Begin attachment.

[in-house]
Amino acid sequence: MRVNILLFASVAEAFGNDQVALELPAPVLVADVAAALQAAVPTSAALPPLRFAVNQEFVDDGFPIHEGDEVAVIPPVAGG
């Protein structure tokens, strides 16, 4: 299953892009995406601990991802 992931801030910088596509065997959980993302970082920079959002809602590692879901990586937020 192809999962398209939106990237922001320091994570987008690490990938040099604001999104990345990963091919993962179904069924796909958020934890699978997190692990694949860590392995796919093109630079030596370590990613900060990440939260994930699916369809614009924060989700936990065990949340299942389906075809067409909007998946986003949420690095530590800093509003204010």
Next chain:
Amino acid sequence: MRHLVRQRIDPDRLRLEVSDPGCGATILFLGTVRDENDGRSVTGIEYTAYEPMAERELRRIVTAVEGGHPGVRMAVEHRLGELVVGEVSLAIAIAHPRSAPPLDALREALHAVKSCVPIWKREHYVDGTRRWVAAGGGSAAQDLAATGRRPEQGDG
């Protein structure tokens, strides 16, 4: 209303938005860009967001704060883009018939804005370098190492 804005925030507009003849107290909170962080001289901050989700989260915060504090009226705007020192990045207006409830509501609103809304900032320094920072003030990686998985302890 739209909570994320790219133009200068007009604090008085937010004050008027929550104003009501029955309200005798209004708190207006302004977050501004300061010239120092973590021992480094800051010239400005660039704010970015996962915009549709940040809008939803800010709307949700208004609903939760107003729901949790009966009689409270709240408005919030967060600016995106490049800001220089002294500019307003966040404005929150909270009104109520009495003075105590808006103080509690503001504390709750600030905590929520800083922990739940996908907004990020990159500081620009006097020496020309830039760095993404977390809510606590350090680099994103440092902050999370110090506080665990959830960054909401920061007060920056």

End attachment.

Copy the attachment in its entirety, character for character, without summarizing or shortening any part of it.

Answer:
[in-house]
Amino acid sequence: MRVNILLFASVAEAFGNDQVALELPAPVLVADVAAALQAAVPTSAALPPLRFAVNQEFVDDGFPIHEGDEVAVIPPVAGG
């Protein structure tokens, strides 16, 4: 299953892009995406601990991802 992931801030910088596509065997959980993302970082920079959002809602590692879901990586937020 192809999962398209939106990237922001320091994570987008690490990938040099604001999104990345990963091919993962179904069924796909958020934890699978997190692990694949860590392995796919093109630079030596370590990613900060990440939260994930699916369809614009924060989700936990065990949340299942389906075809067409909007998946986003949420690095530590800093509003204010």
Next chain:
Amino acid sequence: MRHLVRQRIDPDRLRLEVSDPGCGATILFLGTVRDENDGRSVTGIEYTAYEPMAERELRRIVTAVEGGHPGVRMAVEHRLGELVVGEVSLAIAIAHPRSAPPLDALREALHAVKSCVPIWKREHYVDGTRRWVAAGGGSAAQDLAATGRRPEQGDG
């Protein structure tokens, strides 16, 4: 209303938005860009967001704060883009018939804005370098190492 804005925030507009003849107290909170962080001289901050989700989260915060504090009226705007020192990045207006409830509501609103809304900032320094920072003030990686998985302890 739209909570994320790219133009200068007009604090008085937010004050008027929550104003009501029955309200005798209004708190207006302004977050501004300061010239120092973590021992480094800051010239400005660039704010970015996962915009549709940040809008939803800010709307949700208004609903939760107003729901949790009966009689409270709240408005919030967060600016995106490049800001220089002294500019307003966040404005929150909270009104109520009495003075105590808006103080509690503001504390709750600030905590929520800083922990739940996908907004990020990159500081620009006097020496020309830039760095993404977390809510606590350090680099994103440092902050999370110090506080665990959830960054909401920061007060920056």